Moore takes hold of West Brom’s promotion bid

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Darren Moore‘s spell as West Brom caretaker manager couldn’t quite pull off a miraculous run to Premier League safety, but the promise it contained has helped him to the first chance at earning promotion back to the top flight.

West Bromwich Albion announced Moore as its new manager on Monday, with the boss promising his Baggies would play attractive football while also being a side “that’s willing to fight and scrap for every ball.”

[ MORE: No World Cup for Chelsea trio ]

Moore is also happy to carry a flame for minority coaches — called BAME (Black, Asian, and Minority Ethnic) — in England.

“If it does inspire others, I would be extremely proud,” he said. “I don’t just speak on behalf of BAME coaches but the young, aspiring British coaches across the board.”

Moore, 44, only lost one of his six PL matches as WBA boss, winning three times and inspiring many to wonder what would’ve happened had the Baggies’ pulled the plug on Alan Pardew — and Tony Pulis before him — earlier.

A center back in his playing career, Moore spent 18 seasons between a number of clubs including West Brom, Derby County, and Doncaster Rovers. He won promotion as a player twice with West Brom, and again with Derby.

Belgium goes to World Cup without Nainggolan

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BRUSSELS (AP) Belgium left midfielder Radja Nainggolan out of its World Cup squad despite a standout season with Champions League semifinalist Roma.

Belgium coach Roberto Martinez has long had a difficult relationship with the stormy midfielder. But after being called up for a warm-up game in March against Saudi Arabia, expectations had been that he would be on the 28-man roster announced Monday.

[ MORE: No World Cup for Chelsea trio ]

On top of the troubled relationship, Nainggolan was also the victim of the unparalleled wealth of talent the small nation has produced over the past few years.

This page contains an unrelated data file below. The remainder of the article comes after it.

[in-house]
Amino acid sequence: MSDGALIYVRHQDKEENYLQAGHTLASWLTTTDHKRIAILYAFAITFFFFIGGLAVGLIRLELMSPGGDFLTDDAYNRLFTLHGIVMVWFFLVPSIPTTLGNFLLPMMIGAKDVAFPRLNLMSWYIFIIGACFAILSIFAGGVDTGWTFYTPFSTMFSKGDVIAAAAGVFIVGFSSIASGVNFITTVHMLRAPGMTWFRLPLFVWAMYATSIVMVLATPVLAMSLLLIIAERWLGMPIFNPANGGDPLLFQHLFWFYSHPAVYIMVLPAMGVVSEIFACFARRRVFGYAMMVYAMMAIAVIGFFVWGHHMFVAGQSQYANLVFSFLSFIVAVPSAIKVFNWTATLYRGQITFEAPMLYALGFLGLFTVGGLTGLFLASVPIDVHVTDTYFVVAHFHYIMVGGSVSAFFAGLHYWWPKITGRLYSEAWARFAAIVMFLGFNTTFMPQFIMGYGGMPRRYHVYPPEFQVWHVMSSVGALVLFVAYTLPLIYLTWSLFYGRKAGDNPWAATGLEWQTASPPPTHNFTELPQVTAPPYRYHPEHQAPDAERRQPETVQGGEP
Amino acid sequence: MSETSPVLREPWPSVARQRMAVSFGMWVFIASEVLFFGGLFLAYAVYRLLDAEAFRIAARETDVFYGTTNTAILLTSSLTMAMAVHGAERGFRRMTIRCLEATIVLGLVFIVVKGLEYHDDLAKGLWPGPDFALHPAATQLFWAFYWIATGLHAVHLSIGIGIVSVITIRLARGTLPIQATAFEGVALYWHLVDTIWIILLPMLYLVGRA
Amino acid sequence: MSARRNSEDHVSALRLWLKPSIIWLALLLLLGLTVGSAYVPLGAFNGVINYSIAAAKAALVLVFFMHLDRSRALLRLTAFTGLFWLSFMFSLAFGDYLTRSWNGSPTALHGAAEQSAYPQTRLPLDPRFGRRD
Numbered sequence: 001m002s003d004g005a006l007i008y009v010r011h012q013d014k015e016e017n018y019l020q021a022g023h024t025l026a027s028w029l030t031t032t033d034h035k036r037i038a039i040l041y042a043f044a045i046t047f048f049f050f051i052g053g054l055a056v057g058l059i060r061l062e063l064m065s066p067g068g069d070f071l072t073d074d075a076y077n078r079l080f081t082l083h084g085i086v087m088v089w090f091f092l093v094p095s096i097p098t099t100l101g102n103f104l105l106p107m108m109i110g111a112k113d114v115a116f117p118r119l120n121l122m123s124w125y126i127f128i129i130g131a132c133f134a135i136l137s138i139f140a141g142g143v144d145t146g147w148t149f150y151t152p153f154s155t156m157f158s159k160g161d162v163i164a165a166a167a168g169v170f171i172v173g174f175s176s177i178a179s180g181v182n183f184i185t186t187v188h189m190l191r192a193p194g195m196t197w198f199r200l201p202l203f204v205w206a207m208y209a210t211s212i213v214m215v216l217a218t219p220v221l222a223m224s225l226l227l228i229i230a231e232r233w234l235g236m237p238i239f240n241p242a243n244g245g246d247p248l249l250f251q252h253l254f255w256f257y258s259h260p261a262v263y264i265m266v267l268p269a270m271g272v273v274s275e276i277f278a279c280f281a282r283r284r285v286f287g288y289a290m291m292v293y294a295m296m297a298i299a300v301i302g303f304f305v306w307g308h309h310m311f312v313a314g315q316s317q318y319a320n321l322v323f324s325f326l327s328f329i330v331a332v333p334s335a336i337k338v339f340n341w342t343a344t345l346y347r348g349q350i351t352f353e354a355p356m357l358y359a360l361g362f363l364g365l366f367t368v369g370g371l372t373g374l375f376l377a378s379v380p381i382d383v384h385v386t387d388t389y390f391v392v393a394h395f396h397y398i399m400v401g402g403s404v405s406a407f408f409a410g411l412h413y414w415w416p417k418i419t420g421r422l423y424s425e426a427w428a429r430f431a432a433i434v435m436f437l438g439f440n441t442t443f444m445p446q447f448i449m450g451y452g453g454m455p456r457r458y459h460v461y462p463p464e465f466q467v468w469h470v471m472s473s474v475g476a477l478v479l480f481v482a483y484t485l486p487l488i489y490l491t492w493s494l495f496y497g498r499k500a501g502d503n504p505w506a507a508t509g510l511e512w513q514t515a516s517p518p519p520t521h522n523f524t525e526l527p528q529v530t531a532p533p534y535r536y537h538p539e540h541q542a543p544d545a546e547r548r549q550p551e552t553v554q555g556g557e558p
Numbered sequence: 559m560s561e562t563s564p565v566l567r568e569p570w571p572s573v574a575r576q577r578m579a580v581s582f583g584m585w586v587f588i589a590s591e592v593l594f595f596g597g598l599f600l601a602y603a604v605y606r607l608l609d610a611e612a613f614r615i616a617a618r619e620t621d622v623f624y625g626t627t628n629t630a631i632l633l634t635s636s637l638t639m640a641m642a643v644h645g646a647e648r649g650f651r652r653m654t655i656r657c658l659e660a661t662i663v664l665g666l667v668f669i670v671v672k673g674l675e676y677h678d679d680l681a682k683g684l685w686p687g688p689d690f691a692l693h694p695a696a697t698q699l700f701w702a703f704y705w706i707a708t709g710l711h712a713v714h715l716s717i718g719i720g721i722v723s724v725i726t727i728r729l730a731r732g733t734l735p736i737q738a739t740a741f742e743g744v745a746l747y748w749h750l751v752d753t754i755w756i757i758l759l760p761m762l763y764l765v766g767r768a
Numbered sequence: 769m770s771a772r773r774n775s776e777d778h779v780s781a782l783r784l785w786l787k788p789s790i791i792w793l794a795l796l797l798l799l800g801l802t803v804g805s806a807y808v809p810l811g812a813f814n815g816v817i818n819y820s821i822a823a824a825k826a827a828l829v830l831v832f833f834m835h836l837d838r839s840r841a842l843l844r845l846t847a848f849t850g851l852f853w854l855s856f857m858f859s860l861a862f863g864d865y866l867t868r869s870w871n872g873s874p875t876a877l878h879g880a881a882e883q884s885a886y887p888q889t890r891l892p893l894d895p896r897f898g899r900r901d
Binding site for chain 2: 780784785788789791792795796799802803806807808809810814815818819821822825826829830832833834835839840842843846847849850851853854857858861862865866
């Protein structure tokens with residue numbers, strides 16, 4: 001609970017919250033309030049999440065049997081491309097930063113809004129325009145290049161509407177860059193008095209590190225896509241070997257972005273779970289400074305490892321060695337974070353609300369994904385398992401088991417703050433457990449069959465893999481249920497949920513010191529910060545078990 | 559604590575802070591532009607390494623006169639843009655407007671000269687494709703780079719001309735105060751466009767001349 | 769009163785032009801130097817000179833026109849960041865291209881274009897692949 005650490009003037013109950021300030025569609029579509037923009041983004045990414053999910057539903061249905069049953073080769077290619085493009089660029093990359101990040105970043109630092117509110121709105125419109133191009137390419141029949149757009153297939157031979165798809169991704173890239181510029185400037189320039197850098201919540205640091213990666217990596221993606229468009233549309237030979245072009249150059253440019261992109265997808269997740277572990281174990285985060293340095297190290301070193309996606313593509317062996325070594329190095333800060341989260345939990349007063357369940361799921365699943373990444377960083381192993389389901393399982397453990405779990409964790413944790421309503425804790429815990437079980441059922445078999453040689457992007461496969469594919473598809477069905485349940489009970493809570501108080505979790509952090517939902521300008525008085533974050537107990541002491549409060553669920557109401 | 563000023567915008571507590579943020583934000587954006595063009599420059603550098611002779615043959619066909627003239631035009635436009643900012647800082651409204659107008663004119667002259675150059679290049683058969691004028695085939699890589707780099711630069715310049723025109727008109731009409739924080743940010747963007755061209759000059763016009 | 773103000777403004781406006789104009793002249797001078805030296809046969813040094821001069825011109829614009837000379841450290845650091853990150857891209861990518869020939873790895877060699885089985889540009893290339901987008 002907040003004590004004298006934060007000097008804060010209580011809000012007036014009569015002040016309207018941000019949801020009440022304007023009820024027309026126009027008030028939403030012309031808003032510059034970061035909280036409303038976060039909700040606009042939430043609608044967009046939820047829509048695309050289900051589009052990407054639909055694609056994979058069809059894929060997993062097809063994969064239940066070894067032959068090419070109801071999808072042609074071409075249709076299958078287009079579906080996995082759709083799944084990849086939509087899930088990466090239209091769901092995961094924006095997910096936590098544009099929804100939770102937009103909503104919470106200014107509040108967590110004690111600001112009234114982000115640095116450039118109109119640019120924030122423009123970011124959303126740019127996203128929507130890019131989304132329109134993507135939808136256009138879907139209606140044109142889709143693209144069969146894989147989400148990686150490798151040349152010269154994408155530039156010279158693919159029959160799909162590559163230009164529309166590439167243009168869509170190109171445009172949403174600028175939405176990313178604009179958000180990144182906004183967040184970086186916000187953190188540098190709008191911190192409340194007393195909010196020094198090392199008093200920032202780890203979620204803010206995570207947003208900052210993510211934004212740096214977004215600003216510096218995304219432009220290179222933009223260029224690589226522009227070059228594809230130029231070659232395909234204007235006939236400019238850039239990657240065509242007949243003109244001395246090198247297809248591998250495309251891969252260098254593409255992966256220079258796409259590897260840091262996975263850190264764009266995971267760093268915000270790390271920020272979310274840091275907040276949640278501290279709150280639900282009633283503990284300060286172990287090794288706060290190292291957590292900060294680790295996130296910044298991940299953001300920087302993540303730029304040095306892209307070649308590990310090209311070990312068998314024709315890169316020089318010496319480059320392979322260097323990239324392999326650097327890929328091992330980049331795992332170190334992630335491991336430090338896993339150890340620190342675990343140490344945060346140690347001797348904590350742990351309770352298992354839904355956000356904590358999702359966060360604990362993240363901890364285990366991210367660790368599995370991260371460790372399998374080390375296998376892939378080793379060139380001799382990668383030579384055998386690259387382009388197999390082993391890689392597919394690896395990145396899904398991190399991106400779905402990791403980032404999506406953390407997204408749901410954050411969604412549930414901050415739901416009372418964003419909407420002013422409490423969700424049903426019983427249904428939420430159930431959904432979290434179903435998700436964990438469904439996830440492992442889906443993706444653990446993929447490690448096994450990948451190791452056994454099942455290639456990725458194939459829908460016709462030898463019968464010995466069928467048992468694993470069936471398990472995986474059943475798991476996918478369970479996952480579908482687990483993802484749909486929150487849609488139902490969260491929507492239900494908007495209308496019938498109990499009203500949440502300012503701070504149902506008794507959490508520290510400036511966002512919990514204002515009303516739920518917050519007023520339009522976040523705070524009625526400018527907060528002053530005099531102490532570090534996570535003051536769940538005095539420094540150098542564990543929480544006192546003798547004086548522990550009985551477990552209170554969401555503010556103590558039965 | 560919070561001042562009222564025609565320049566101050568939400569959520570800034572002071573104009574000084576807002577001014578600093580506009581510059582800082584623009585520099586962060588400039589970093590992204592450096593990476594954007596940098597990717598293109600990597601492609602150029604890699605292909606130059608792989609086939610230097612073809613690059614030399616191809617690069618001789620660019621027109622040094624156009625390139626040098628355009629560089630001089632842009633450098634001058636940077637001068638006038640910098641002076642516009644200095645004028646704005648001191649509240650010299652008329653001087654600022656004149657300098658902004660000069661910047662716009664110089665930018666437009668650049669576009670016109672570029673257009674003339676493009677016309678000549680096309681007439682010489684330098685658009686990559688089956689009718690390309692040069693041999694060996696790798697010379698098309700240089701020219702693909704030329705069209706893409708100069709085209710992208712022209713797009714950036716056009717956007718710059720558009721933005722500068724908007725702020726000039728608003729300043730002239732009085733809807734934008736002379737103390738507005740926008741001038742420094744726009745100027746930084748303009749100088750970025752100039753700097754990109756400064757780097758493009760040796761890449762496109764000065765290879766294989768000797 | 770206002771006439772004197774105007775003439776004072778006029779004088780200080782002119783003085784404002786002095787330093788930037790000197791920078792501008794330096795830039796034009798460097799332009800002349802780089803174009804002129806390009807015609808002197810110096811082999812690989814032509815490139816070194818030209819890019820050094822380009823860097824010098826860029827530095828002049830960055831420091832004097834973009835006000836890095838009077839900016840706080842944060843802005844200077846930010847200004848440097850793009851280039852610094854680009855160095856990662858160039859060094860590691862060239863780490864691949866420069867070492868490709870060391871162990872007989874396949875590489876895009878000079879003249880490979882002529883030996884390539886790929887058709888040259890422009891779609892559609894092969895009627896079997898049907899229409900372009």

Thibaut Courtois, Vincent Kompany, Kevin De Bruyne, Eden Hazard and Romelu Lukaku were all named in the squad, which will be cut to 23 before the World Cup.

Nashville MLS expansion club snares ex-Liverpool CEO Ayre

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Former Liverpool CEO Ian Ayre is moving from Merseyside to the Music City.

The Tennesseean’s Joe Rexrode says Ayre is set to take the reins of Nashville SC as the first CEO in club history when it makes its debut in the 2020 MLS season.

[ MORE: No World Cup for Chelsea trio ]

Liverpool hired ex-EA Sports executive Peter Moore to replace Ayre in 2017 after the latter, 54, spent six years with the club as managing director and then CEO.

From the Tennessean:

“The MLS has huge ambitions to be one of the biggest and leading leagues in the world, and is on that trajectory,” Ayre said. “Both as a soccer fan and an executive in the industry, it’s something I’ve had my eye on because it’s important. … You talk about MLS and its growth, I think it’s becoming easier and will become easier to attract the right talent to something that’s exciting and developing. And if you have a reputation of being involved in a club like Liverpool, you hope that stands for something when you start to try and attract talent.”

The timing of Ayre’s addition hearkens back to that of former Tottenham executive Darren Eales at Atlanta United. If it has the same success, Nashville will be proud.

Report: Lampard interviews twice with Championship club

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Steven Gerrard‘s longtime England midfield mate Frank Lampard could soon be joining him in a management.

While Gerrard is tasked with rebuilding Rangers’ Scottish title push, Lampard’s reported new gig would entail leading Ipswich Town back to the Premier League for the first time since 2002.

[ MORE: No World Cup for Chelsea trio ]

Sky Sports says Lampard has already interviewed twice with Ipswich Town ownership in a bid to earn his first senior management gig.

Lampard, 39, played for Chelsea, Man City, New York City FC, West Ham United, and Swansea in a sparkling 20-year playing career.

Town finished 12th in the Championship, 15 points back of a playoff spot and 19 clear of relegation.